STINGRAY cooked in a piquant and perky spice paste – Asam Pedas is a classic Malay and Minangkabau dish enjoyed by many in Singapore, Malaysia and Indonesia. The spicy, sour sauce punctuated with aromatics promises to awaken your palate and stimulate your appetite!
Total Time: 1½ hours
Serves: 2-3 persons
A: Rempah (Spice Paste)
5 red fresh chilli, seeded and cut into pieces
10 chilli padi*
100g dried chilli, seeded, soaked and cut into pieces
Thumb-size galangal (lengkuas), peeled and sliced
Thumb-size turmeric (kunyit), peeled and sliced
5 lemongrass (serai), white portion only, sliced
6 candlenuts, crushed in a pestle and mortar
200g shallots, peeled and sliced
4-5 cloves garlic, peeled and sliced
1½ teaspoon shrimp paste (belacan)
4 tablespoons oil
B: Fish, Vegetables
500g stingray or any meaty fish (threadfin, black pomfret)
1 tablespoon tamarind pulp mixed with 2 tablespoons water
300g brinjal, cut into pieces
10 ladies fingers, tops removed
2 tomatoes, each cut into quarters
C: Tamarind Extract
100g tamarind pulp (asam jawa)
800ml-900ml warm water
D: Aromatics and Seasoning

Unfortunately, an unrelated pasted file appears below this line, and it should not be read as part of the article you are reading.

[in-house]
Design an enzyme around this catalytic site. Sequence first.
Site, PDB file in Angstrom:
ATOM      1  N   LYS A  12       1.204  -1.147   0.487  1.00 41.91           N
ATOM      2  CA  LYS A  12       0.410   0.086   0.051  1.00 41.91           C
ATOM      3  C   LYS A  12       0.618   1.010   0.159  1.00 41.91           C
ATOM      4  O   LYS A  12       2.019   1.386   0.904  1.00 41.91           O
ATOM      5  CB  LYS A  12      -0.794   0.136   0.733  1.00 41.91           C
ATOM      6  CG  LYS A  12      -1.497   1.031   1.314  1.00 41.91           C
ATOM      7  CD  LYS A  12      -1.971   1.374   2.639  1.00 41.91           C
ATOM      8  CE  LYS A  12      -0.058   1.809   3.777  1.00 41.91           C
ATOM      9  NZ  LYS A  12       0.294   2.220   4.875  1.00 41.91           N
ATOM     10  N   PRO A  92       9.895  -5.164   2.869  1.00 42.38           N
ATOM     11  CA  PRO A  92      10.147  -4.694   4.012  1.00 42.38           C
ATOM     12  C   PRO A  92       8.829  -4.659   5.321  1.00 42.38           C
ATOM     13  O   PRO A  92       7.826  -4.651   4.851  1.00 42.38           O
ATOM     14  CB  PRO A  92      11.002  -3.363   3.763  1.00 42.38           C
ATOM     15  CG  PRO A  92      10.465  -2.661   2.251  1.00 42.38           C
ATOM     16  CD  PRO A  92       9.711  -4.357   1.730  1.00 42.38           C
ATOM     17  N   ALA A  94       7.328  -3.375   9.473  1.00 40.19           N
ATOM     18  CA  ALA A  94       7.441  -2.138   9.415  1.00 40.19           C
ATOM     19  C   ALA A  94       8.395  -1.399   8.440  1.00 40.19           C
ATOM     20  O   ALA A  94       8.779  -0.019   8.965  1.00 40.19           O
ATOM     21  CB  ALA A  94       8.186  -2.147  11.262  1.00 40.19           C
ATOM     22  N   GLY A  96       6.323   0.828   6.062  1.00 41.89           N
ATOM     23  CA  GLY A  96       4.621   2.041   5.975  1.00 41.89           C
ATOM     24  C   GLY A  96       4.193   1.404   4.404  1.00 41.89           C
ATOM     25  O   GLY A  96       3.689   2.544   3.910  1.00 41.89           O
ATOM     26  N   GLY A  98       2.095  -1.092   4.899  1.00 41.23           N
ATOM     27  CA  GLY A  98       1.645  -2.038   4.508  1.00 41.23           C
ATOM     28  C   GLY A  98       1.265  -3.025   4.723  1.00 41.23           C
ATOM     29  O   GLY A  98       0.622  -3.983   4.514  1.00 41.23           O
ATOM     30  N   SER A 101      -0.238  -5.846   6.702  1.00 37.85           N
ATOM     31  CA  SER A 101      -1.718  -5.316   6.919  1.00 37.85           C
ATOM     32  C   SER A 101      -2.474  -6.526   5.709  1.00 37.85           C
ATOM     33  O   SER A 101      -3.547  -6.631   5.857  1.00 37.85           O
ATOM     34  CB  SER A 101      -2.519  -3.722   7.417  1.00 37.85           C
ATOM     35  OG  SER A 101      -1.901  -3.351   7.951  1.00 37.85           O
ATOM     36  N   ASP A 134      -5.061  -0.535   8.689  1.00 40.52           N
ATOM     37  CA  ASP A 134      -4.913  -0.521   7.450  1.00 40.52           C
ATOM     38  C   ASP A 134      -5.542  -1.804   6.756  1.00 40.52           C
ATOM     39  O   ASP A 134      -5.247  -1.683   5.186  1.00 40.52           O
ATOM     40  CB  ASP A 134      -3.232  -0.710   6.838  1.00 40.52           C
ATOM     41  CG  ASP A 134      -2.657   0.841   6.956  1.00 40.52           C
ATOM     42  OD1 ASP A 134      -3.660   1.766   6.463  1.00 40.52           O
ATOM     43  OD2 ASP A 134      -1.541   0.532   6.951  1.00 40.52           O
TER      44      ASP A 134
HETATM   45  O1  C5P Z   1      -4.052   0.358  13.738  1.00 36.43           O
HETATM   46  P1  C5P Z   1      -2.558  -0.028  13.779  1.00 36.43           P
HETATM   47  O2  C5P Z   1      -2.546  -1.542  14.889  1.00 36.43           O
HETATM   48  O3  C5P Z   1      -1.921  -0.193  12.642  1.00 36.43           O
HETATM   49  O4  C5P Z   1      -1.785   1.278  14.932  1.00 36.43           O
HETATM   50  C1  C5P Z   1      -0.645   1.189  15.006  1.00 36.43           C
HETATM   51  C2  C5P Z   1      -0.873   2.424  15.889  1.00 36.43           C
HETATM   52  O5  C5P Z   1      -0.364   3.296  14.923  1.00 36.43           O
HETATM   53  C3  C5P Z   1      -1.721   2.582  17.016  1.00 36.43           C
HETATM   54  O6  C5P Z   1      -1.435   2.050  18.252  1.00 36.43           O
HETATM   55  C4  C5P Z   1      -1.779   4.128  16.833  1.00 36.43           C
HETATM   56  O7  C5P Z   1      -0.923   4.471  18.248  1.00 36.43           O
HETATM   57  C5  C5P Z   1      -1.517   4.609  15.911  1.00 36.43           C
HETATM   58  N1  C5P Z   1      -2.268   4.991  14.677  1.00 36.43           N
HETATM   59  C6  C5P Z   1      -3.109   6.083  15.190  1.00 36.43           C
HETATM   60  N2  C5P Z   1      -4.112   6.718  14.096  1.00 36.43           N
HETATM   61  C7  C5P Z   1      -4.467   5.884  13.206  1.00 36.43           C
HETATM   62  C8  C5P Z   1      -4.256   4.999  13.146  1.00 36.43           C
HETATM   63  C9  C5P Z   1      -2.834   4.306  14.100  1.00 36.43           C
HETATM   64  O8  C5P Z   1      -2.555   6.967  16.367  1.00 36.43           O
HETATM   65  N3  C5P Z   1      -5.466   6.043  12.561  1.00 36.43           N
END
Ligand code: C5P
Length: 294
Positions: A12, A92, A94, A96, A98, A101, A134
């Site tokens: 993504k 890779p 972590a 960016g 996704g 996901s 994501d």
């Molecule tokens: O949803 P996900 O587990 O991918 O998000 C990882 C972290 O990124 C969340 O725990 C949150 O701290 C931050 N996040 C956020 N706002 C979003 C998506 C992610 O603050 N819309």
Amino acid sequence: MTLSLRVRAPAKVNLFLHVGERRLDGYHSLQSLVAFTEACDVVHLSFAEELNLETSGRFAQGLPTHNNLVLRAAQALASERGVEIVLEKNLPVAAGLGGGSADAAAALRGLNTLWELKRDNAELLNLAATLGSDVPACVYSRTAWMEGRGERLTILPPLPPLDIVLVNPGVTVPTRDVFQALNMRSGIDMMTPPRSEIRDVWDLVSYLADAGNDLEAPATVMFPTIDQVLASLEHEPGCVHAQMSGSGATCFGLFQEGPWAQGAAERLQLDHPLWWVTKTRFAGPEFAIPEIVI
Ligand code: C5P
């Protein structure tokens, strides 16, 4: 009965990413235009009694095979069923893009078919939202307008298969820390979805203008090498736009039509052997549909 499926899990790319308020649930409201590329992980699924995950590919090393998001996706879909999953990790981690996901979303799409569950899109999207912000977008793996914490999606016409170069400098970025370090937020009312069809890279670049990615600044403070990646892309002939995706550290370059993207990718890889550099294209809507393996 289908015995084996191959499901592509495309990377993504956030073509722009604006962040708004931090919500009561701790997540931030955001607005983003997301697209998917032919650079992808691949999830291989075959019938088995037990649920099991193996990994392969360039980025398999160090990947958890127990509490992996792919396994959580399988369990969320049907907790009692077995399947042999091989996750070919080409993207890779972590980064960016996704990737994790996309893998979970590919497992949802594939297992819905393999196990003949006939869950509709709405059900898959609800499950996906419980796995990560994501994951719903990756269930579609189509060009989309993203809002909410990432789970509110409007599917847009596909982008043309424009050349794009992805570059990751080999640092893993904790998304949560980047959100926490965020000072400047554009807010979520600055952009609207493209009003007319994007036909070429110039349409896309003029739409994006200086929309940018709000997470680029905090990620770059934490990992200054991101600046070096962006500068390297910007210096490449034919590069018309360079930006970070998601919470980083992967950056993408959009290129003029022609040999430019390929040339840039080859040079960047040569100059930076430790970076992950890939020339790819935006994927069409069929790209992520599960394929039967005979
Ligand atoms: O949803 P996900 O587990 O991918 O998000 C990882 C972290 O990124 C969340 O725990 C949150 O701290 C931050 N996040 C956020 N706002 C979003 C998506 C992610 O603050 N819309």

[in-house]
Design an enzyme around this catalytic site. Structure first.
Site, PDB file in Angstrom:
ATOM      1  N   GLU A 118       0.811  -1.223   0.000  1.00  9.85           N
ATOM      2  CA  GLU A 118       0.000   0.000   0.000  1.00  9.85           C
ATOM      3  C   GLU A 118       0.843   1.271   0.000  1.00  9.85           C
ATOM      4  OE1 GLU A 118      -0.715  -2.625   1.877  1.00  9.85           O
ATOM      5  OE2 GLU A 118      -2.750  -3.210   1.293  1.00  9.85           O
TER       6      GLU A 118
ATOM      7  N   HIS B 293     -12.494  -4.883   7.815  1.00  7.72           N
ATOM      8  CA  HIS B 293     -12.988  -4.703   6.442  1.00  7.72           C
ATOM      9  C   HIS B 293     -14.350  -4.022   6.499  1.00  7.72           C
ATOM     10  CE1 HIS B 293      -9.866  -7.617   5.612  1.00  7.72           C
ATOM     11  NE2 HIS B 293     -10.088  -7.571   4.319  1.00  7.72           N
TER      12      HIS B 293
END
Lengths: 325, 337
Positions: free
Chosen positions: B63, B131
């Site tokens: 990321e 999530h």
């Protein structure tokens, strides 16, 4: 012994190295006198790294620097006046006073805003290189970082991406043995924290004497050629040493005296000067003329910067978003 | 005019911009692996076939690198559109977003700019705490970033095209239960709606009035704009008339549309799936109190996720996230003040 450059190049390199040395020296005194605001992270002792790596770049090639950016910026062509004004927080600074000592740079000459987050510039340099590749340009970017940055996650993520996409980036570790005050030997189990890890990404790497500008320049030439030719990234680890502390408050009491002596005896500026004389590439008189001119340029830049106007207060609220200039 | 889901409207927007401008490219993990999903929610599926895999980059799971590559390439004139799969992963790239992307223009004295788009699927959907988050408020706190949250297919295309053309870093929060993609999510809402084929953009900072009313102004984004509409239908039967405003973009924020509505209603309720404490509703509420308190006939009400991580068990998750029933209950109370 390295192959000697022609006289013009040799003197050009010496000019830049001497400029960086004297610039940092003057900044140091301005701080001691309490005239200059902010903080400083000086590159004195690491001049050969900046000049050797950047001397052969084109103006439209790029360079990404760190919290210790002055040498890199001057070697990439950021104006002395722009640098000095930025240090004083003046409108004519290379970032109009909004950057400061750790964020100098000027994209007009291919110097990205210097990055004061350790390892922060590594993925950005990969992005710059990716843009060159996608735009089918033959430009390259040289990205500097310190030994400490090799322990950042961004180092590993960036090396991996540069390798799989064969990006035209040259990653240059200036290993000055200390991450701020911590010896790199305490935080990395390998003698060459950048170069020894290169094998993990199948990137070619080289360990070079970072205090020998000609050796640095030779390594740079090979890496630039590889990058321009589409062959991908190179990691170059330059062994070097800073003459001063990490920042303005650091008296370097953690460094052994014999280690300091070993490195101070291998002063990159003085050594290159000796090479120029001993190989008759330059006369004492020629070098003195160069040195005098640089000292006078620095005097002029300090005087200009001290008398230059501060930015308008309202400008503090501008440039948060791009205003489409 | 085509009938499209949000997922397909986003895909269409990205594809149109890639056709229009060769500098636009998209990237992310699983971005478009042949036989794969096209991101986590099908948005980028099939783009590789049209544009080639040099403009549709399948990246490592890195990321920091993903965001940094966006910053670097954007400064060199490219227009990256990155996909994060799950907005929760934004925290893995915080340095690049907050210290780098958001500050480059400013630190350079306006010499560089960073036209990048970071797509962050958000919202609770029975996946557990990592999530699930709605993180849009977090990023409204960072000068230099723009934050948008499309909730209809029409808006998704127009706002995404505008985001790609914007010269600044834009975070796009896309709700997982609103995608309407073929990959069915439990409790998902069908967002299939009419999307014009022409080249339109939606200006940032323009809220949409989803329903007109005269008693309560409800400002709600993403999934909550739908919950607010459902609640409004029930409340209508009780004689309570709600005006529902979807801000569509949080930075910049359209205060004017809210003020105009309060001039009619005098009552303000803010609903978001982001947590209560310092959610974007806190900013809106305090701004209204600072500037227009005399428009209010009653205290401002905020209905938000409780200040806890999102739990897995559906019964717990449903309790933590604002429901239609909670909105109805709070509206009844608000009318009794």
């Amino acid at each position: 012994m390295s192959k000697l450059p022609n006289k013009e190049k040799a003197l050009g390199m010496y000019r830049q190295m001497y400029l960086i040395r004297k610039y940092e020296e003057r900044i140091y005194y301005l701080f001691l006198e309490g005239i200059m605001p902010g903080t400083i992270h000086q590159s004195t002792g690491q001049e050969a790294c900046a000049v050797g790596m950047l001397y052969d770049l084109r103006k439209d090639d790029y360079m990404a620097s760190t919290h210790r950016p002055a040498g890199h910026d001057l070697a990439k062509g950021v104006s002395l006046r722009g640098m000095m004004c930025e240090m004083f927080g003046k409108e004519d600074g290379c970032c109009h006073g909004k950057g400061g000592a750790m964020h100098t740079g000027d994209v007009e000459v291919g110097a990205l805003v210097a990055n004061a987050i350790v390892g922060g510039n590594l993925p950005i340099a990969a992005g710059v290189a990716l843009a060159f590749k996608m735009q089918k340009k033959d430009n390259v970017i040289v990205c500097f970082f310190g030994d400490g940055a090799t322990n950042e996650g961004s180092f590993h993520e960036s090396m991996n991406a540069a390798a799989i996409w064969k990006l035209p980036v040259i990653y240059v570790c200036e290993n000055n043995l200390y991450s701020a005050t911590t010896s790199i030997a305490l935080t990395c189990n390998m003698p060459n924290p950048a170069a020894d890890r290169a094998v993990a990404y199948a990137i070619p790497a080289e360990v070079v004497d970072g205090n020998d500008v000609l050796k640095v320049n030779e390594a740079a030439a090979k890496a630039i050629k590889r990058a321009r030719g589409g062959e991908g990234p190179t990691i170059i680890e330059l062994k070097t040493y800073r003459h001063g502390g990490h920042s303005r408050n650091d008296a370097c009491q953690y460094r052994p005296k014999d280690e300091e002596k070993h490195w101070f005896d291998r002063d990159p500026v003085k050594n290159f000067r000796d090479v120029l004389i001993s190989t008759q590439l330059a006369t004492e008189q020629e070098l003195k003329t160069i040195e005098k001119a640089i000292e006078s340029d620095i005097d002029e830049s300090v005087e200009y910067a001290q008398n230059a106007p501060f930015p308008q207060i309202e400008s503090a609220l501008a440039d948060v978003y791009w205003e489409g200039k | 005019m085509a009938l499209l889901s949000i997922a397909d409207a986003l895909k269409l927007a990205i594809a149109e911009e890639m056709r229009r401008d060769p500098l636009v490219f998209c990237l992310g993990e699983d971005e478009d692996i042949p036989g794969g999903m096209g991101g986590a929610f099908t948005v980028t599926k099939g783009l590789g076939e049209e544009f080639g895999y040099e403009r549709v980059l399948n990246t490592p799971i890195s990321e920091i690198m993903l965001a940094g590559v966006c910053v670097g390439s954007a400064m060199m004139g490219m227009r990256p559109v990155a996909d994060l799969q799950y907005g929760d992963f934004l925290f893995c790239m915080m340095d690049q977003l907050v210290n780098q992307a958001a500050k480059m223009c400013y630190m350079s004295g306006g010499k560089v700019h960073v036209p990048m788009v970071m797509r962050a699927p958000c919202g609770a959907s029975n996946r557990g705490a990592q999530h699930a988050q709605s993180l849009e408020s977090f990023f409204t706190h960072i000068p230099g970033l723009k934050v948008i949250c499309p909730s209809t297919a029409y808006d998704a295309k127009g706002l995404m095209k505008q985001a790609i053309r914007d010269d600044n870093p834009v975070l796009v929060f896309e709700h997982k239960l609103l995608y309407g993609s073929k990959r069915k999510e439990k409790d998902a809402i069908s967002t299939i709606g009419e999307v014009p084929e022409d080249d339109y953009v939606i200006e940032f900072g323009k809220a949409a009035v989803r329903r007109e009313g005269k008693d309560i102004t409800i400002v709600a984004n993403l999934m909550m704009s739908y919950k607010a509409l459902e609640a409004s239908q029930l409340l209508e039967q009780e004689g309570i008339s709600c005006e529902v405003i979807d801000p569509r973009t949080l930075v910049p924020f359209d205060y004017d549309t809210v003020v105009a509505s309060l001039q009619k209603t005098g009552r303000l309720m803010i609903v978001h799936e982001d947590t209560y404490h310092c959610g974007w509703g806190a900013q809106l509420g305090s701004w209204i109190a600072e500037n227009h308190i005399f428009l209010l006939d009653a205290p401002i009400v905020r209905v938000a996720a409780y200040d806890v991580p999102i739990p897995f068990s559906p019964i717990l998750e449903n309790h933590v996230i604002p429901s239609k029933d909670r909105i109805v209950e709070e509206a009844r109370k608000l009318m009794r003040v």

2 stalks laksa leaves (daun kesom)
2 kaffir lime leaves (daun limau parut)
½ teaspoon salt
2 teaspoons sugar
1. To season fish: rub with salt and set it aside for 10 minutes. Rinse it off with tap water. Set it aside.
2. To make rempah: assemble A ingredients except belacan.
Put them into a food processor and pulse until it reaches a fairly fine paste. *For a less spicy paste, reduce chilli padi.
Set aside 250g for this dish. Store remaining paste in a jar in the fridge.
3. To prepare tamarind extract: Rub tamarind into water until it turns brown. Using a strainer, sieve the liquid, discarding the solids.
4. Heat up oil in a medium pot over medium fire. Add rempah and cook until fragrant – the oil will begin to separate from the spice paste; this will take approximately 10 minutes.
5. Pour in tamarind extract. Let it come to a boil. Put in both aromatic leaves: laksa (left) and kaffir lime (right).
Reduce to medium heat. Simmer for 5 minutes to allow the soup to be infused with the aroma of fresh herbs.
6. Add in vegetables, starting with brinjal, followed by ladies fingers and then tomato. Cook for 5 minutes.
7. Put in fish; cook for 10-15 minutes. Turn heat off immediately; allow residual heat to cook fish completely. Using a fork, flake the meat to check it is done = there should be no traces of blood.
8. Serve with steamed rice.
BUYING TIP: Stingray may reek of ammonia; to get rid of it, rub fish with 1 tablespoon of tamarind pulp mixed with water. Leave it for 20 minutes. Then rinse with running tap water.
TECHNIQUE: If using pestle and mortar, start pounding the harder ingredients first, e.g. galangal, lemongrass, candlenuts and turmeric, followed by the rest of the ingredients.
Photos: Evonne Lyn Lee
Click on STORM-Asia/food for more recipes and reviews of restaurants.
If you have a simple recipe to share, please email it firstname.lastname@example.org.
You may like to try these recipes: